|"Wish that sheila would |
get out of the way
so I could see the Jeep better."
I happened to be listening to National Radio the other day, not even vulgar talkback, and caught a critic cheerfully admitting that a highlight for him of Annabel Langbein's The Free Range Cook on TV One was looking at her backside in tight jeans. I hadn't noticed this highlight myself because I watch the show only for the recipes … well, no, that's not true. I watch it for the appearances in the titles and in most episodes of the yellow Jeep ute which would have been one of the batch assembled (as well as being converted from LHD) in Auckland by Nissan at its Stoddard Road, Mt Roskill, factory.
I emailed Annabel for more information but the ensuing silence suggests that some blog on 4WDs does not rate as a priority on her to-do list; maybe she's too busy driving the Jeep gathering fresh ingredients for the next episode of the show, which airs on Saturday evenings. (UPDATE: The series has now ended.) However, a bit of research shows it to be a 1980 model Jeep J-Series, a J9M46YC to be precise, that has been around the clock more than once.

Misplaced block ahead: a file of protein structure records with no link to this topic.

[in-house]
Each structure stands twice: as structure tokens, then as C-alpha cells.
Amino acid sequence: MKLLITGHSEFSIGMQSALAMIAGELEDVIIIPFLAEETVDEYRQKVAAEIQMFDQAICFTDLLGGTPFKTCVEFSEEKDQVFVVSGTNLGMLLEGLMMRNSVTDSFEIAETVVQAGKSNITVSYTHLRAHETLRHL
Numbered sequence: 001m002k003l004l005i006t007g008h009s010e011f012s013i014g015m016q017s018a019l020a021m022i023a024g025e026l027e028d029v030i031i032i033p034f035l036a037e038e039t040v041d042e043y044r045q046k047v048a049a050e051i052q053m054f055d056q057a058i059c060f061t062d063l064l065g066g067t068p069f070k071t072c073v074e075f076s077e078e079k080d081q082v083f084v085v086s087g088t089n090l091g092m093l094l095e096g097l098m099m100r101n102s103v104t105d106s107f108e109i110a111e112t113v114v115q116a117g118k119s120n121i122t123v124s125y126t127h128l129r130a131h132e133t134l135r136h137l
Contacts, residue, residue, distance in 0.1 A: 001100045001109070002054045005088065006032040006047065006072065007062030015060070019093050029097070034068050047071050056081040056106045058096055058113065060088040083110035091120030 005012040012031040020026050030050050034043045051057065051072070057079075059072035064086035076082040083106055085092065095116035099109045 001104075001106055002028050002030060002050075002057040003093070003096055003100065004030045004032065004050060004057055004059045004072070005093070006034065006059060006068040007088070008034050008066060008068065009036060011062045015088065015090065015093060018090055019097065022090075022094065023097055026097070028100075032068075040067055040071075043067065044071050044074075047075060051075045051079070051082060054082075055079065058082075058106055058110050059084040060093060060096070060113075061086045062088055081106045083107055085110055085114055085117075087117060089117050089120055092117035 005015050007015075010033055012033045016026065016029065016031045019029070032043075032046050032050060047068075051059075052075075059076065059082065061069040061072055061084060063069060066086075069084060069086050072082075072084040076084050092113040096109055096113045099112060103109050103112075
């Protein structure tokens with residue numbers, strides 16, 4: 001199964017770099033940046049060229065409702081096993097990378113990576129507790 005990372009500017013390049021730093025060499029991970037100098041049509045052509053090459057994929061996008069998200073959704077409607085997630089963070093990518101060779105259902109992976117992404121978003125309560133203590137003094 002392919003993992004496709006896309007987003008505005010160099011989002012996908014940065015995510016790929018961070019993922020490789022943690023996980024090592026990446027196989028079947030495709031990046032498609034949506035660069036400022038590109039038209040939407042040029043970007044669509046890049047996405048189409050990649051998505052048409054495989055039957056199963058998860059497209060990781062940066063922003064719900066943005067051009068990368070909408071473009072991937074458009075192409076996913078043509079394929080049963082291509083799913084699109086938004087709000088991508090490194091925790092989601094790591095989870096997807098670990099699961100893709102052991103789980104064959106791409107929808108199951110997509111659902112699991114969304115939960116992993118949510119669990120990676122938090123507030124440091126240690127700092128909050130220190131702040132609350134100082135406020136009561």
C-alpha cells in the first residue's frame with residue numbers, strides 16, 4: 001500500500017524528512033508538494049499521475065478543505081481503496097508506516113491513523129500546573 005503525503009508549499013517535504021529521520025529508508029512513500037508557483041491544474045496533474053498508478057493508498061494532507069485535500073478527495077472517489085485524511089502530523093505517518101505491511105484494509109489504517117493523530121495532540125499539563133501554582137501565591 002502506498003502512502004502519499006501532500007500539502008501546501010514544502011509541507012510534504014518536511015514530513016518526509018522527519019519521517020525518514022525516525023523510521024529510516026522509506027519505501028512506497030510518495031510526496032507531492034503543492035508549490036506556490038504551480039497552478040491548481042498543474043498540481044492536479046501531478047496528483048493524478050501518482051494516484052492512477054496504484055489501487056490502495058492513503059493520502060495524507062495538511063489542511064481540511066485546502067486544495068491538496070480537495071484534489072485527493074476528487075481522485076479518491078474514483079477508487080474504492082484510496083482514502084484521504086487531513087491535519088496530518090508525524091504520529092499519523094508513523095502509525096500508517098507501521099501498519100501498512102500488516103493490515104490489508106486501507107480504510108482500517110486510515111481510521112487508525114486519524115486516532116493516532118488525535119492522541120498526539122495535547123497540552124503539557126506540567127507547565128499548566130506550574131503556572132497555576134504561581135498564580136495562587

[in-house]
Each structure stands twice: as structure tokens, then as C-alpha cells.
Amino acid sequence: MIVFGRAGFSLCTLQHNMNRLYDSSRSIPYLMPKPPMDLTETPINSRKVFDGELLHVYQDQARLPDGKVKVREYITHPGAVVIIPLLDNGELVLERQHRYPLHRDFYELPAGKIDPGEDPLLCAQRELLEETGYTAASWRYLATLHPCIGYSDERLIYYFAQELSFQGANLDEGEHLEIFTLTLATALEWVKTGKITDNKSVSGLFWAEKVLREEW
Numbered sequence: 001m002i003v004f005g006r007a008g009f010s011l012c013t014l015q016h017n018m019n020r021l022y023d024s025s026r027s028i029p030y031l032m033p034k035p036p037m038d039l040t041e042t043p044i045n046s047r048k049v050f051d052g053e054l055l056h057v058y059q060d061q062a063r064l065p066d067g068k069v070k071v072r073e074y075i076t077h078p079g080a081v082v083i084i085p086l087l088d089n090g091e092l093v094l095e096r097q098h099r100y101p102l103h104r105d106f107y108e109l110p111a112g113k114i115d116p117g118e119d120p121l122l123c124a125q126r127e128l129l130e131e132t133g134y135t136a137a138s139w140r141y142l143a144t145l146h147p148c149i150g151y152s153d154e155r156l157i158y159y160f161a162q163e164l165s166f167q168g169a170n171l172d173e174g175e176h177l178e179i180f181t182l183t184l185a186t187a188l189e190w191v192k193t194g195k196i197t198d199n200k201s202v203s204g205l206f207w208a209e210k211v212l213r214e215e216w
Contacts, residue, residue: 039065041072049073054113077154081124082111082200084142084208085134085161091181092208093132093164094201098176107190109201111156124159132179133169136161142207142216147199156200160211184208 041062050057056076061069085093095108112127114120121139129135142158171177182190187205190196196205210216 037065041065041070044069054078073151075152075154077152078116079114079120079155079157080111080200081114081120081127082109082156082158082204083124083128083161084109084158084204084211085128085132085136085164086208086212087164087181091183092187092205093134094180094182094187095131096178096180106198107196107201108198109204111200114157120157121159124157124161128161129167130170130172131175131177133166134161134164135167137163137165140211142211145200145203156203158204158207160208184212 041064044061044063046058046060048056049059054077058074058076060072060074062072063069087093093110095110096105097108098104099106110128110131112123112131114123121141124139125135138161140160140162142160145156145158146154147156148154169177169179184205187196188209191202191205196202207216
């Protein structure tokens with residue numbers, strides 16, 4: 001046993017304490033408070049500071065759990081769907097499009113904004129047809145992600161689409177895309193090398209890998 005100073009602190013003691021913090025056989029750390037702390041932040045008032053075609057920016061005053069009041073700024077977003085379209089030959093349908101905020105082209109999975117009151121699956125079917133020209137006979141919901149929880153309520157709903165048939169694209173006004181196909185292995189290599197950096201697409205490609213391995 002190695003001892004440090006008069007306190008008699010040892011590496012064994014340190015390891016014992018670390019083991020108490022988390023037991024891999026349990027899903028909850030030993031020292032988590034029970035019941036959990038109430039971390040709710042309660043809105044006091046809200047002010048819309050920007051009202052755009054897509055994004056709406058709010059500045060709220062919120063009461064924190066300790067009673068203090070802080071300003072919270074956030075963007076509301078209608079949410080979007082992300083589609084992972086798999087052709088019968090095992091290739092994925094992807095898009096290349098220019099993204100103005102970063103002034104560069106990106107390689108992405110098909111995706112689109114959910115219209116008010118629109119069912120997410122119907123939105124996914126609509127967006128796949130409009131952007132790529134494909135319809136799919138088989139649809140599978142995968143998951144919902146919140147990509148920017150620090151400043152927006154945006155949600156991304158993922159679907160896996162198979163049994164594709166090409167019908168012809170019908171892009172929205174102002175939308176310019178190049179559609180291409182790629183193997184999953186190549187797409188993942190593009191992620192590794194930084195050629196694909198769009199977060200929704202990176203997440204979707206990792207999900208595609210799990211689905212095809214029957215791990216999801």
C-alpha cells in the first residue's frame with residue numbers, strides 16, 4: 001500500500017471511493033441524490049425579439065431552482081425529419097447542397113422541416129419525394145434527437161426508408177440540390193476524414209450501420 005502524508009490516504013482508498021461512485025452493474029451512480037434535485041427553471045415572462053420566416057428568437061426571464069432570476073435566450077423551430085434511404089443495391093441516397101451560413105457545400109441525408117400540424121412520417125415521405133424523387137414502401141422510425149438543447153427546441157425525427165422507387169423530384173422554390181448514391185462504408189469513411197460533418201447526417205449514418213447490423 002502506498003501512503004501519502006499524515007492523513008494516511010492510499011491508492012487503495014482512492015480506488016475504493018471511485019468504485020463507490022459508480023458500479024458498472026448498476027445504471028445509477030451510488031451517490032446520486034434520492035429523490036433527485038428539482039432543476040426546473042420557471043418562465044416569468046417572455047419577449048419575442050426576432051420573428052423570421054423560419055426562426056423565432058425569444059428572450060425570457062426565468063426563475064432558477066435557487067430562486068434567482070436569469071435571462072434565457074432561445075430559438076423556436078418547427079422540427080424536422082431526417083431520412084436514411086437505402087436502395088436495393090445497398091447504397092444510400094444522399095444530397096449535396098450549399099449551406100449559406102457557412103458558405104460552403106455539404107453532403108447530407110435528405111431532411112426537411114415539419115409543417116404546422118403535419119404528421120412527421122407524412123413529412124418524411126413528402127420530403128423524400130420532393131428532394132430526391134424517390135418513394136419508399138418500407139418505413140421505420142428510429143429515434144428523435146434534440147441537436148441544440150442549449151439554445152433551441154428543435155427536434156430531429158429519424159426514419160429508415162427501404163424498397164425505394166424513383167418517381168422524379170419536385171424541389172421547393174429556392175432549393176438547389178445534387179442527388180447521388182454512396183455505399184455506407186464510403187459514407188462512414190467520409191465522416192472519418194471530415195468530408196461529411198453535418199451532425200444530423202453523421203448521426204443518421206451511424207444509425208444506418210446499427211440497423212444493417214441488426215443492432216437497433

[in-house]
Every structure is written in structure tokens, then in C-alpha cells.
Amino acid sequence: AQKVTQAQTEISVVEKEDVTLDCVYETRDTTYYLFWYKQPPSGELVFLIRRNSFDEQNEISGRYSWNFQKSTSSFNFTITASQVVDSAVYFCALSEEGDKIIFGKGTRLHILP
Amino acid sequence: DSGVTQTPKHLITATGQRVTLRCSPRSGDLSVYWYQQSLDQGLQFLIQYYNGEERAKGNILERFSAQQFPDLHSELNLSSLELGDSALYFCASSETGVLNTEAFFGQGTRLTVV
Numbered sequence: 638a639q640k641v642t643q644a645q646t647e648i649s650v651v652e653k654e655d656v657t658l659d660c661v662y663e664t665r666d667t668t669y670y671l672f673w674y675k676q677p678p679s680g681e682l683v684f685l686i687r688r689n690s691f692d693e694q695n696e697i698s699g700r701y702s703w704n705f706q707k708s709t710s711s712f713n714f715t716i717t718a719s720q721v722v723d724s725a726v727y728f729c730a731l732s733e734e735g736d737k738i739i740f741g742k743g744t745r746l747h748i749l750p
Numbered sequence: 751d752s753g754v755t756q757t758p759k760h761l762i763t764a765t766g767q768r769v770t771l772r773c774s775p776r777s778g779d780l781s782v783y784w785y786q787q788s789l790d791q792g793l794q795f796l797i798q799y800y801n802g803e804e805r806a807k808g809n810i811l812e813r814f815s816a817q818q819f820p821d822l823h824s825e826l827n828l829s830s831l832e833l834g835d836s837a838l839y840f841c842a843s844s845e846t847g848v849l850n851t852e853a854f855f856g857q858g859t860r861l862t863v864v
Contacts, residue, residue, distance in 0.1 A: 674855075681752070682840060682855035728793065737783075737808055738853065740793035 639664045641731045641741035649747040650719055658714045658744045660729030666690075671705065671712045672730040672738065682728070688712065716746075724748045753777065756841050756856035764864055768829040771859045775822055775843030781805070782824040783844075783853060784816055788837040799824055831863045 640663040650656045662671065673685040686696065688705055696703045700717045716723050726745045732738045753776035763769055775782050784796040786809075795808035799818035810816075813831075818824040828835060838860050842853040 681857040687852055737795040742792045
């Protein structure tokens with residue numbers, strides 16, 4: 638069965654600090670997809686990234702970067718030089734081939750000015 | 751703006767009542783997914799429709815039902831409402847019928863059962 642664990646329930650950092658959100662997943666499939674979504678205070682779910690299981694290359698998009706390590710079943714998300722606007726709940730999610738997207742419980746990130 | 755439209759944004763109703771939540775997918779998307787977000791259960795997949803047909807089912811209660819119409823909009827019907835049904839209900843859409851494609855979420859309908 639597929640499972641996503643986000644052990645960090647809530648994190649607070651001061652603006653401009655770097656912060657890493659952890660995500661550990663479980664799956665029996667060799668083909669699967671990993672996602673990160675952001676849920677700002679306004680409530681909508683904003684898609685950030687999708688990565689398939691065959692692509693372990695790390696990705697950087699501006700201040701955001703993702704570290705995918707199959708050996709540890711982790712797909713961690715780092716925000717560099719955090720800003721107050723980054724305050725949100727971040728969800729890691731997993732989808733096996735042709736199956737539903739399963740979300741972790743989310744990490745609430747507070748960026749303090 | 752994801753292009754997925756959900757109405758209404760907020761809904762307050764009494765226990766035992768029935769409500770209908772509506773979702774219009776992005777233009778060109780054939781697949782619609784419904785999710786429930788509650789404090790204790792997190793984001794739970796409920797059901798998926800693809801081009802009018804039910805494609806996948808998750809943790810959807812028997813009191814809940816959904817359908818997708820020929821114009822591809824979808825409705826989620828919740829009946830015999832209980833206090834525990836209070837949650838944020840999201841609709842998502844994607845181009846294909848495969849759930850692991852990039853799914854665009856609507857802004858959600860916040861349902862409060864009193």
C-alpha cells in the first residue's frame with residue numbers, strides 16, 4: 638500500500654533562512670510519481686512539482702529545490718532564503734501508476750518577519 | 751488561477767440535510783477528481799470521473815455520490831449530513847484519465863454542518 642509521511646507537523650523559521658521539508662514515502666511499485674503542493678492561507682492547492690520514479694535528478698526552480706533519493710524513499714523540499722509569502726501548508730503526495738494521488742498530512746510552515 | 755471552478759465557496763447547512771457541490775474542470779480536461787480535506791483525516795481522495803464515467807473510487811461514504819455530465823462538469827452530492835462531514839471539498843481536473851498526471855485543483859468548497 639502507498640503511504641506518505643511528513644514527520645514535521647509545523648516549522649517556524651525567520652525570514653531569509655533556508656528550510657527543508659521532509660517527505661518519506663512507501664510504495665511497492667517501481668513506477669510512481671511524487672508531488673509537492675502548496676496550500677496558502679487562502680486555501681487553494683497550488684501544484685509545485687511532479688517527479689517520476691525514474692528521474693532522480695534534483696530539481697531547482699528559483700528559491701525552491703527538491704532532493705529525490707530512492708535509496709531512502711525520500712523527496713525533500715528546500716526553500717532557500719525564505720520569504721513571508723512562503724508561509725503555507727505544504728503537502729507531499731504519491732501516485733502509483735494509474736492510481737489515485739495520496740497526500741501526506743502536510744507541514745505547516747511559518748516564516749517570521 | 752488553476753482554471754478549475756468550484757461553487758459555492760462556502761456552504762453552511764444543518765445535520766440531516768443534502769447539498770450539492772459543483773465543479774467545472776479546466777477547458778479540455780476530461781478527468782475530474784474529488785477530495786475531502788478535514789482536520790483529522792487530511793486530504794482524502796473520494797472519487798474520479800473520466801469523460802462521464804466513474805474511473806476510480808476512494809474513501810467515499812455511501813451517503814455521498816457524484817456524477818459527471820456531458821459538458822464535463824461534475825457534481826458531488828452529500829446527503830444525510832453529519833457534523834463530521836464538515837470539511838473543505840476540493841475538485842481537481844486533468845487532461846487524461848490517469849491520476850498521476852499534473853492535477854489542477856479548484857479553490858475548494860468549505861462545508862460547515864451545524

Here's an interesting snippet on the big Jeep that appears on the Australian Jeep Offroad forum:
In 1981, the Jeep Australia plant began full assembly of the SJ Cherokee wagons and J20 trucks from AMC-supplied CKD kits. This meant the Aussie management could offer fresher, and better-built, stock to the dealers. But the locally-assembled vehicles were still far from perfect. At a dealer meeting, a GM /Jeep dealer stunned two visiting AMC senior executives by standing up and asking, ‘When will Jeep begin supplying life-jackets with every vehicle?’ The execs didn’t know what he was talking about. Then the dealer told them that the Jeeps had so many water leaks, his staff was worried that some of their customers would drown! At the time, some Jeep dealers reckoned JEEP stood for Just Expect Every Problem.
Water leaking through the door and tailgate seals was one of the more-common customer complaints. While the service people at the dealerships conducted frustrating searches for crinkled and/or poorly-fitted seals, the hidden culprit was the poorly-stamped body panels. Time heals everything but body-stamping dies; they just wear down. When Jeep released the full-sized wagon back in 1962, no-one would have predicted that it would stay in production for 28 years. But the declining demand over time meant that it was never economic to consider spending the millions required to make new dies. And it meant that the longer production continued, the worse the sealing problem became. AMC decided to give the old bus the flick once the XJ was released 1984.
|Another shot, "borrowed" from her website|